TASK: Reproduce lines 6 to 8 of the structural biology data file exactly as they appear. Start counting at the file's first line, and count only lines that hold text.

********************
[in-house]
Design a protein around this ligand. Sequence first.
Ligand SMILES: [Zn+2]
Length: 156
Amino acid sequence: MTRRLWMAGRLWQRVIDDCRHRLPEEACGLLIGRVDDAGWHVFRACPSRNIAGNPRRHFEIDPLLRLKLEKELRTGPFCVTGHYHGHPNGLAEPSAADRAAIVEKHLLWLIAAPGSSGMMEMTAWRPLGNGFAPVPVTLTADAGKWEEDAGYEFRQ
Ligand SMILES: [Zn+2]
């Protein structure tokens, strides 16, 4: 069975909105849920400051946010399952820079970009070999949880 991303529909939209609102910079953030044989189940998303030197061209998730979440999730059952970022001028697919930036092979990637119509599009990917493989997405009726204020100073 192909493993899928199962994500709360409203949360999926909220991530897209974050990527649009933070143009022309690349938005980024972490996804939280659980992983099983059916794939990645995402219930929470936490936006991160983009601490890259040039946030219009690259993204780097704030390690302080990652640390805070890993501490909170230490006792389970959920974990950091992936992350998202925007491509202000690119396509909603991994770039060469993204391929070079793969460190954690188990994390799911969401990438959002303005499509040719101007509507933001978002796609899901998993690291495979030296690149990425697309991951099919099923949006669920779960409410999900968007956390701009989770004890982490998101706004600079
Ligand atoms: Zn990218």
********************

Ligand SMILES: [Zn+2]
């Protein structure tokens, strides 16, 4: 069975909105849920400051946010399952820079970009070999949880 991303529909939209609102910079953030044989189940998303030197061209998730979440999730059952970022001028697919930036092979990637119509599009990917493989997405009726204020100073 192909493993899928199962994500709360409203949360999926909220991530897209974050990527649009933070143009022309690349938005980024972490996804939280659980992983099983059916794939990645995402219930929470936490936006991160983009601490890259040039946030219009690259993204780097704030390690302080990652640390805070890993501490909170230490006792389970959920974990950091992936992350998202925007491509202000690119396509909603991994770039060469993204391929070079793969460190954690188990994390799911969401990438959002303005499509040719101007509507933001978002796609899901998993690291495979030296690149990425697309991951099919099923949006669920779960409410999900968007956390701009989770004890982490998101706004600079
Ligand atoms: Zn990218």